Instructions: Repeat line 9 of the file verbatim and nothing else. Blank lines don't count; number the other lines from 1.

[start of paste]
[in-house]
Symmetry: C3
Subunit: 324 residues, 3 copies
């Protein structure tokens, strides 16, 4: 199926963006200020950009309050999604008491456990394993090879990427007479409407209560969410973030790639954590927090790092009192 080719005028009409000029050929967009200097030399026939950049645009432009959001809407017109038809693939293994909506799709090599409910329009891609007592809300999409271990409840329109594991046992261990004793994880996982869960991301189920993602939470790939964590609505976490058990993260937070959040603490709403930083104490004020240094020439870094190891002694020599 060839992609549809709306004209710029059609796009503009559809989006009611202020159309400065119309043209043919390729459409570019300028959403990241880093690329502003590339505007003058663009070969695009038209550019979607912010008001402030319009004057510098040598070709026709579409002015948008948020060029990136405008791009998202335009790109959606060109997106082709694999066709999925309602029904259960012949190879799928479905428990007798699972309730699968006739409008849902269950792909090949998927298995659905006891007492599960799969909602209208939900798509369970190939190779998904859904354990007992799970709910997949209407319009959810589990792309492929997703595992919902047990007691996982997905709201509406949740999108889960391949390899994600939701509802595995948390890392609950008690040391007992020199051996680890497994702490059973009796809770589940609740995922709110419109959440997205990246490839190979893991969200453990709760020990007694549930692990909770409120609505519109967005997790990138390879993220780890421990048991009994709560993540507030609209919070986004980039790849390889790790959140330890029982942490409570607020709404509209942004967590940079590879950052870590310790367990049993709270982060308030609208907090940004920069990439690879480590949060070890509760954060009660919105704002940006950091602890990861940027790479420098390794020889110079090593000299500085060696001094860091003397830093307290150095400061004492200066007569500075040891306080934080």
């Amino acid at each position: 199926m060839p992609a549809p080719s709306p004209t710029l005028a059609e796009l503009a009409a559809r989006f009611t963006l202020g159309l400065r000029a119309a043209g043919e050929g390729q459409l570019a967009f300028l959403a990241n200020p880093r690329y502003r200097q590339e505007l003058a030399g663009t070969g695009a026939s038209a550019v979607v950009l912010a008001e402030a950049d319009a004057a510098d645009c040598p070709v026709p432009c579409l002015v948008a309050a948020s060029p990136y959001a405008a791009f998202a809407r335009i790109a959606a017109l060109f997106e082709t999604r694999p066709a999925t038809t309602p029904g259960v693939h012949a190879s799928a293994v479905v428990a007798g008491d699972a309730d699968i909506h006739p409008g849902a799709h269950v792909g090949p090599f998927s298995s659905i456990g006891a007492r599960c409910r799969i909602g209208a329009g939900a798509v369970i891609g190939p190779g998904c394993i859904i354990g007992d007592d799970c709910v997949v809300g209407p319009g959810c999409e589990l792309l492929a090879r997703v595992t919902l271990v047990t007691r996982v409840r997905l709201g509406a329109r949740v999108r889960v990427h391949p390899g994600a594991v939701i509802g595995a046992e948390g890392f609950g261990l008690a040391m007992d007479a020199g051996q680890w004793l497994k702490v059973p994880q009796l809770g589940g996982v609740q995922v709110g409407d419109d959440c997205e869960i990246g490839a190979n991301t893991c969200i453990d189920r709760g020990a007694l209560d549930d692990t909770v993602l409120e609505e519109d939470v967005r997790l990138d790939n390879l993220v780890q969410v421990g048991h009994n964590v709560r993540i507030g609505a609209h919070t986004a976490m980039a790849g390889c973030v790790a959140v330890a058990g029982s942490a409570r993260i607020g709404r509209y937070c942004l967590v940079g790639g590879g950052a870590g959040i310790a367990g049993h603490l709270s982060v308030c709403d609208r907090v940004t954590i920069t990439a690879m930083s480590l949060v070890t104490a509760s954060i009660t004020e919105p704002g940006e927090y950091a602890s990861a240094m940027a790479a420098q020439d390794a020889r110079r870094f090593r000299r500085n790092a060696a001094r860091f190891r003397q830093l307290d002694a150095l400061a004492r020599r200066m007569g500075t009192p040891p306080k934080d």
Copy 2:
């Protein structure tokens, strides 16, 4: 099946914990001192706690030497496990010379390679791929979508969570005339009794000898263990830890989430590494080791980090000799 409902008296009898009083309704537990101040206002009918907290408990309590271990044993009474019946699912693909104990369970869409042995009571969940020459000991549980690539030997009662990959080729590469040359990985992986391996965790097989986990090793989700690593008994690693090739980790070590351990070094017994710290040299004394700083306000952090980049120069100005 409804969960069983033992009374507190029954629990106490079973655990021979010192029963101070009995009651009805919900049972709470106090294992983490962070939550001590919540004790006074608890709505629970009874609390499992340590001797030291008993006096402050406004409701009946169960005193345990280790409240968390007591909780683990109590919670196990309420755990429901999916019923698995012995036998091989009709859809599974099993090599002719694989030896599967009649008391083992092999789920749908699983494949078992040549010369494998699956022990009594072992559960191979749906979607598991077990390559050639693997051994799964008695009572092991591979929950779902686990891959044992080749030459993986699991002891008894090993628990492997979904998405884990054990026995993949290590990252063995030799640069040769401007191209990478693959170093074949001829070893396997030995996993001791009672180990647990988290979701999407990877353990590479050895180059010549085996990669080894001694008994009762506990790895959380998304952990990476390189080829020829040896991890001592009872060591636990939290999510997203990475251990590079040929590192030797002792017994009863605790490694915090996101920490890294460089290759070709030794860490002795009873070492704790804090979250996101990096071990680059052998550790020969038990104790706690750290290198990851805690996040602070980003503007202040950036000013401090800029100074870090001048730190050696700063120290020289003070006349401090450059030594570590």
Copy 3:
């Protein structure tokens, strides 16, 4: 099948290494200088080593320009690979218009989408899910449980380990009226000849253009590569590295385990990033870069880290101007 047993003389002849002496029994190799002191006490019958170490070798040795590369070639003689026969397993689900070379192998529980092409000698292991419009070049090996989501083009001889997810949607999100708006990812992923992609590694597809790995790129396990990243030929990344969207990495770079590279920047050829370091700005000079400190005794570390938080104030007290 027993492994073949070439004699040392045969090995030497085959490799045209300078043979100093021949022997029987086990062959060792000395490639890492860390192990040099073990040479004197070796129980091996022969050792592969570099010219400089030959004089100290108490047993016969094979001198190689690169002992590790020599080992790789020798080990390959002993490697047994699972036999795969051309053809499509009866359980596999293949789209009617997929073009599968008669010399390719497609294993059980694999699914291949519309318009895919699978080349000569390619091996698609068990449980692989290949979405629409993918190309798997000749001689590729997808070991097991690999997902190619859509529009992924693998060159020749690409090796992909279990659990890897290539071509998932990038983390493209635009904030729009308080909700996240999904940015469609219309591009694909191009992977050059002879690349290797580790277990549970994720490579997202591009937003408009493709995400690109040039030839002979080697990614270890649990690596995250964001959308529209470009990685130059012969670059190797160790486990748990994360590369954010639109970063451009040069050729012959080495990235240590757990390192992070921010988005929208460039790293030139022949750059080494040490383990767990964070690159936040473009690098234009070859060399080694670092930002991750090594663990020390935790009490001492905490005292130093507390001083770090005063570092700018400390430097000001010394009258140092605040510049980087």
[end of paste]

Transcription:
């Protein structure tokens, strides 16, 4: 099948290494200088080593320009690979218009989408899910449980380990009226000849253009590569590295385990990033870069880290101007 047993003389002849002496029994190799002191006490019958170490070798040795590369070639003689026969397993689900070379192998529980092409000698292991419009070049090996989501083009001889997810949607999100708006990812992923992609590694597809790995790129396990990243030929990344969207990495770079590279920047050829370091700005000079400190005794570390938080104030007290 027993492994073949070439004699040392045969090995030497085959490799045209300078043979100093021949022997029987086990062959060792000395490639890492860390192990040099073990040479004197070796129980091996022969050792592969570099010219400089030959004089100290108490047993016969094979001198190689690169002992590790020599080992790789020798080990390959002993490697047994699972036999795969051309053809499509009866359980596999293949789209009617997929073009599968008669010399390719497609294993059980694999699914291949519309318009895919699978080349000569390619091996698609068990449980692989290949979405629409993918190309798997000749001689590729997808070991097991690999997902190619859509529009992924693998060159020749690409090796992909279990659990890897290539071509998932990038983390493209635009904030729009308080909700996240999904940015469609219309591009694909191009992977050059002879690349290797580790277990549970994720490579997202591009937003408009493709995400690109040039030839002979080697990614270890649990690596995250964001959308529209470009990685130059012969670059190797160790486990748990994360590369954010639109970063451009040069050729012959080495990235240590757990390192992070921010988005929208460039790293030139022949750059080494040490383990767990964070690159936040473009690098234009070859060399080694670092930002991750090594663990020390935790009490001492905490005292130093507390001083770090005063570092700018400390430097000001010394009258140092605040510049980087």